“An Old Whig” Saw Where We Were Headed
December 23, 2010 by Bob Livingston
The Founders envisioned a nation with a Federal government that had limited authority, weakened by its division into three branches: legislative, executive and judicial. They believed that the weaker and more inefficient Federal government was the greater would be liberty and freedom.
In Federalist No. 45, James Madison wrote:
The powers delegated by the proposed Constitution to the federal government, are few and defined. Those which are to remain in the State governments are numerous and indefinite. The former will be exercised principally on external objects, as war, peace, negotiation, and foreign commerce; with which last the power of taxation will, for the most part, be connected. The powers reserved to the several States will extend to all the objects which, in the ordinary course of affairs, concern the lives, liberties, and properties of the people, and the internal order, improvement, and prosperity of the State.
Of course, that vision was soon lost in a Supreme Court that was packed with progressives — yes, they existed even in the 18th Century as followers of Jean-Jacques Rousseau — by John Adams and a Congress that followed the natural progression of man. For, as Lord John Emerich Edward Dalberg Acton said, “Power tends to corrupt; absolute power corrupts absolutely.”
For each law that it passed that exceeded its authority and that either went unchallenged or, if challenged, was upheld by the Supreme Court, Rousseau socialists in Congress sought to pass two more.
The result has been a creep of growing socialism — accelerated by President Woodrow Wilson — which finally climaxed with the passage of Obamacare in 2010. Even though a majority of Americans opposed the bill, Rousseau socialists rammed it through anyway; telling Americans it was for their own good and they would like it once they understood it.
Of course, Americans understood it perfectly, and that is why they objected.
As the 111th Congress winds down, its leaders continue to try and force Rousseau socialism upon us. Unfortunately many Republicans, and many Americans for that matter, have fallen into the trap of Rousseau socialism. They seek to make government more efficient and have it care for the needs of all. The result is the loss of liberty under an increasingly strong Federal government and the loss of state sovereignty.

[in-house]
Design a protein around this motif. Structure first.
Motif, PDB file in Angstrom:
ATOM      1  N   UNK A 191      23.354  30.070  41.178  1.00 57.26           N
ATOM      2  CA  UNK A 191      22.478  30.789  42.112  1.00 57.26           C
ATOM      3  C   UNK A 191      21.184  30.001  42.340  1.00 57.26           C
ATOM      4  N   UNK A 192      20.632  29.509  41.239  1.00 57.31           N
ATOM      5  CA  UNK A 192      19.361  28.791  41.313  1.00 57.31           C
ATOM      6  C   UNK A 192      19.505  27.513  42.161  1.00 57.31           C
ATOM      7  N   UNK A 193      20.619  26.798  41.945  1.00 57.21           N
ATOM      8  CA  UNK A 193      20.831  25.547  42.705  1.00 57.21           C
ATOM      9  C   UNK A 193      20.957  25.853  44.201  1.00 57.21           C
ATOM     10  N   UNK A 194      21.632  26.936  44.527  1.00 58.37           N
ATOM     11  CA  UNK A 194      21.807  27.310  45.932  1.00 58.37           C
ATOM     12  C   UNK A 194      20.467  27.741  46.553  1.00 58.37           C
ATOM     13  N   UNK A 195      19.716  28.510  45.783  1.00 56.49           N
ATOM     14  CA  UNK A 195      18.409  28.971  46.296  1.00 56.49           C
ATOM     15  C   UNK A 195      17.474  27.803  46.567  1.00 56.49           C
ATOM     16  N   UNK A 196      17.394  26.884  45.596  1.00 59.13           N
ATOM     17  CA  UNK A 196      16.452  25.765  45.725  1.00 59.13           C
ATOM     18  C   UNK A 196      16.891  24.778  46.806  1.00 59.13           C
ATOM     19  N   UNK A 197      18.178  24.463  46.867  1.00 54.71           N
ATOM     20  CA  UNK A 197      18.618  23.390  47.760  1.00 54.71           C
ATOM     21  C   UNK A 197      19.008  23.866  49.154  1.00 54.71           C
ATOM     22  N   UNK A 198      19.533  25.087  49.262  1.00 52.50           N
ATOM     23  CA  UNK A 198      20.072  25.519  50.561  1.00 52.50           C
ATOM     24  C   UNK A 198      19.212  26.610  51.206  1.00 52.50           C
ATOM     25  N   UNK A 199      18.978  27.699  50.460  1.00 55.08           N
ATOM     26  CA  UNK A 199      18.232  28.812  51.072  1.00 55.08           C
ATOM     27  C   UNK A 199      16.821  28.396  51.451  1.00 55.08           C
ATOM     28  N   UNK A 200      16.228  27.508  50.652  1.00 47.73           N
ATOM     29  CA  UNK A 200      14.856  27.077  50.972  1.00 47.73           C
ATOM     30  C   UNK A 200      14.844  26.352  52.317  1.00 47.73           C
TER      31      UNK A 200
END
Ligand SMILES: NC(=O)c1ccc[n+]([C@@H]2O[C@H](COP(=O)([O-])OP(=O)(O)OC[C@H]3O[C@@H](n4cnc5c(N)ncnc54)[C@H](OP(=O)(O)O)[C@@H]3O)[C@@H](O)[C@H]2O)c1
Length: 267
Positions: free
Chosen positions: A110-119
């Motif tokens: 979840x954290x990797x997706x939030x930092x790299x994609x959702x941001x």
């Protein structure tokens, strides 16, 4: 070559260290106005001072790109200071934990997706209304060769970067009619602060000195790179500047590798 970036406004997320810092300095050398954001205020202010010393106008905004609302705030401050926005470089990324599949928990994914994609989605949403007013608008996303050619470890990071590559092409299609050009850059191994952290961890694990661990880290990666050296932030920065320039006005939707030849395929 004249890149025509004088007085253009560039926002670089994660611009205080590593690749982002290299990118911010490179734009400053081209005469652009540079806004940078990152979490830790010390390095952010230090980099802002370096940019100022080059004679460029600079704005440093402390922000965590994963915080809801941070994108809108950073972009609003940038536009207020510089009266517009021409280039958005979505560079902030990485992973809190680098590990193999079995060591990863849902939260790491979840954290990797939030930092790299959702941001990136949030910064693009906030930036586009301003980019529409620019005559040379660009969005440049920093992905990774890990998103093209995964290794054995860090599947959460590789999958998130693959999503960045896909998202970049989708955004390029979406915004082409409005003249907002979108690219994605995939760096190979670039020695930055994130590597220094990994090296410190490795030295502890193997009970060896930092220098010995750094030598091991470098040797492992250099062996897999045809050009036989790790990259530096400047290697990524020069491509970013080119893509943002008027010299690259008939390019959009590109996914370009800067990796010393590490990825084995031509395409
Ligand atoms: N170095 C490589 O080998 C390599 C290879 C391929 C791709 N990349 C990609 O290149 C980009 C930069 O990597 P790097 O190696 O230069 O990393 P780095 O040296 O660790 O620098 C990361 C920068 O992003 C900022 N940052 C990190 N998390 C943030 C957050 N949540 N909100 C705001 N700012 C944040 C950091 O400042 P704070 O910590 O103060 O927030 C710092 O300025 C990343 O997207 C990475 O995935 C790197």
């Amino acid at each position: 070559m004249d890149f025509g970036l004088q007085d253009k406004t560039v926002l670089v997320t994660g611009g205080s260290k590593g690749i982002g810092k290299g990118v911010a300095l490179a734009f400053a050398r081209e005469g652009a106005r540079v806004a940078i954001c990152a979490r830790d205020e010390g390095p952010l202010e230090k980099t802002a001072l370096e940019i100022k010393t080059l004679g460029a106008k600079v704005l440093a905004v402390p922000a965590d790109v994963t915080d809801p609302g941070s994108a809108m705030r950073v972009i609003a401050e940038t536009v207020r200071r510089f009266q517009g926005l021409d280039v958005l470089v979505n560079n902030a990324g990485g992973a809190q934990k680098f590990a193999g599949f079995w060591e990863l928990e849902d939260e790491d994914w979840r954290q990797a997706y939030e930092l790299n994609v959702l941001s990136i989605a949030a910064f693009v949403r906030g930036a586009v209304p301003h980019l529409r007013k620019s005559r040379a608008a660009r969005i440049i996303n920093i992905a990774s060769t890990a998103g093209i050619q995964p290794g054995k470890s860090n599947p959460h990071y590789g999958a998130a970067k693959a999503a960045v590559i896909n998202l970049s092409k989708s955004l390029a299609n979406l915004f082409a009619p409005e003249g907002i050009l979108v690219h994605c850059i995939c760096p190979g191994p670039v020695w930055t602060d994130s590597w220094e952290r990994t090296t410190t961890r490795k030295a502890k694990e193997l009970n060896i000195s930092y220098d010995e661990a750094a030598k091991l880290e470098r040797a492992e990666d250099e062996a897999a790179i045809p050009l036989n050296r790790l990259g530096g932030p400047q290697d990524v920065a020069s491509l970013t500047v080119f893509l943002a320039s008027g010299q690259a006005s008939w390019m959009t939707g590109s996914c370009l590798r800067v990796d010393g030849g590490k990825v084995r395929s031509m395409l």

There were some who saw this coming. In AntiFederalist No. 46, an unknown writer who called himself “An Old Whig” warned about where the nation was headed based upon his understanding of the proposed (at that time) Constitution and his experience with and understanding of government. In writing about the last paragraph in Article 1, Section 8 of the U.S. Constitution, he said:
My object is to consider that undefined, unbounded and immense power which is comprised in the following clause — "And to make all laws which shall be necessary and proper for carrying into execution the foregoing powers, and all other powers vested by this constitution in the government of the United States; or in any department or offices thereof." Under such a clause as this, can anything be said to be reserved and kept back from Congress? Can it be said that the Congress have no power but what is expressed? "To make all laws which shall be necessary and proper" — or, in other words, to make all such laws which the Congress shall think necessary and proper — for who shalt judge for the legislature what is necessary and proper? Who shall set themselves above the sovereign? What inferior legislature shall set itself above the supreme legislature? To me it appears that no other power on earth can dictate to them, or control them, unless by force; and force, either internal or external, is one of those calamities which every good man would wish his country at all times to be delivered from. This generation in America have seen enough of war, and its usual concomitants, to prevent all of us from wishing to see any more of it — all except those who make a trade of war. But to the question — without force what can restrain the Congress from making such laws as they please? What limits are there to their authority? I fear none at all. For surely it cannot be justly said that they have no power but what is expressly given to them, when by the very terms of their creation they are vested with the powers of making laws in all cases — necessary and proper; when from the nature of their power, they must necessarily be the judges what laws are necessary and proper.
The Old Whig was quite prescient.